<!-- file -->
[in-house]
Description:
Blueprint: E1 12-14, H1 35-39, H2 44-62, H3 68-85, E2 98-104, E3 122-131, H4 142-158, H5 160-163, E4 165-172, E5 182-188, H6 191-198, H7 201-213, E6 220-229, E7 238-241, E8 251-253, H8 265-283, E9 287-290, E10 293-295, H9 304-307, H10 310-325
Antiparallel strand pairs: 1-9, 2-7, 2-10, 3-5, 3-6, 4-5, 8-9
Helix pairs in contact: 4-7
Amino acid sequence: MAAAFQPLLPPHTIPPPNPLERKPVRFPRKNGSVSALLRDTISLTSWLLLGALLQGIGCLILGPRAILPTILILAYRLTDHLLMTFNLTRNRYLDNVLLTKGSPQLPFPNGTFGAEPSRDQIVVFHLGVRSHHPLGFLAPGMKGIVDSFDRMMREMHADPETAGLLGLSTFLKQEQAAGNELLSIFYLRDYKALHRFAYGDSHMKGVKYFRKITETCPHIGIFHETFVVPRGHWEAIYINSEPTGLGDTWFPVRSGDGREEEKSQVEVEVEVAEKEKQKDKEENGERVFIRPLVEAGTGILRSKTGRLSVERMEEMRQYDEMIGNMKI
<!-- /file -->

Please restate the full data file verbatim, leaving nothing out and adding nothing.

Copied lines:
[in-house]
Description:
Blueprint: E1 12-14, H1 35-39, H2 44-62, H3 68-85, E2 98-104, E3 122-131, H4 142-158, H5 160-163, E4 165-172, E5 182-188, H6 191-198, H7 201-213, E6 220-229, E7 238-241, E8 251-253, H8 265-283, E9 287-290, E10 293-295, H9 304-307, H10 310-325
Antiparallel strand pairs: 1-9, 2-7, 2-10, 3-5, 3-6, 4-5, 8-9
Helix pairs in contact: 4-7
Amino acid sequence: MAAAFQPLLPPHTIPPPNPLERKPVRFPRKNGSVSALLRDTISLTSWLLLGALLQGIGCLILGPRAILPTILILAYRLTDHLLMTFNLTRNRYLDNVLLTKGSPQLPFPNGTFGAEPSRDQIVVFHLGVRSHHPLGFLAPGMKGIVDSFDRMMREMHADPETAGLLGLSTFLKQEQAAGNELLSIFYLRDYKALHRFAYGDSHMKGVKYFRKITETCPHIGIFHETFVVPRGHWEAIYINSEPTGLGDTWFPVRSGDGREEEKSQVEVEVEVAEKEKQKDKEENGERVFIRPLVEAGTGILRSKTGRLSVERMEEMRQYDEMIGNMKI